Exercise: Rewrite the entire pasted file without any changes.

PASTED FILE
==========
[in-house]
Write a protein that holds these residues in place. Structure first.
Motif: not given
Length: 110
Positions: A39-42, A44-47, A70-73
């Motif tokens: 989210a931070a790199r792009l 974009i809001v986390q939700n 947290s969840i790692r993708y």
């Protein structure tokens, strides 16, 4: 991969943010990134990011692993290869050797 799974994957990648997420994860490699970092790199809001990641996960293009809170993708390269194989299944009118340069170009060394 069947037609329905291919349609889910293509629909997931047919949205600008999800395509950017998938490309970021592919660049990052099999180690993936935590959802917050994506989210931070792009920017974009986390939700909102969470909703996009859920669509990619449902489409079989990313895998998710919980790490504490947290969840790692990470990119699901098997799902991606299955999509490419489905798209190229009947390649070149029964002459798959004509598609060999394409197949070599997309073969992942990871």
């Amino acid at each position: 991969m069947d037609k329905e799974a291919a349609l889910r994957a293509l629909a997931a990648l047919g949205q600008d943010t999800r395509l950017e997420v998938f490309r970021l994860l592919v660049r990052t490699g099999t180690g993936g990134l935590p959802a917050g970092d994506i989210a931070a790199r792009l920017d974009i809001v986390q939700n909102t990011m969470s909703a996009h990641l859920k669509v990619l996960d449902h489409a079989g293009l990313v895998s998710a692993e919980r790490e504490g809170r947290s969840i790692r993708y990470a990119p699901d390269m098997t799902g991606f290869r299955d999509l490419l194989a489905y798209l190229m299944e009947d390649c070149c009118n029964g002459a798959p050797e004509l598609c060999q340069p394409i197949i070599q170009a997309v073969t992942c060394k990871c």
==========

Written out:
[in-house]
Write a protein that holds these residues in place. Structure first.
Motif: not given
Length: 110
Positions: A39-42, A44-47, A70-73
């Motif tokens: 989210a931070a790199r792009l 974009i809001v986390q939700n 947290s969840i790692r993708y």
């Protein structure tokens, strides 16, 4: 991969943010990134990011692993290869050797 799974994957990648997420994860490699970092790199809001990641996960293009809170993708390269194989299944009118340069170009060394 069947037609329905291919349609889910293509629909997931047919949205600008999800395509950017998938490309970021592919660049990052099999180690993936935590959802917050994506989210931070792009920017974009986390939700909102969470909703996009859920669509990619449902489409079989990313895998998710919980790490504490947290969840790692990470990119699901098997799902991606299955999509490419489905798209190229009947390649070149029964002459798959004509598609060999394409197949070599997309073969992942990871």
């Amino acid at each position: 991969m069947d037609k329905e799974a291919a349609l889910r994957a293509l629909a997931a990648l047919g949205q600008d943010t999800r395509l950017e997420v998938f490309r970021l994860l592919v660049r990052t490699g099999t180690g993936g990134l935590p959802a917050g970092d994506i989210a931070a790199r792009l920017d974009i809001v986390q939700n909102t990011m969470s909703a996009h990641l859920k669509v990619l996960d449902h489409a079989g293009l990313v895998s998710a692993e919980r790490e504490g809170r947290s969840i790692r993708y990470a990119p699901d390269m098997t799902g991606f290869r299955d999509l490419l194989a489905y798209l190229m299944e009947d390649c070149c009118n029964g002459a798959p050797e004509l598609c060999q340069p394409i197949i070599q170009a997309v073969t992942c060394k990871c």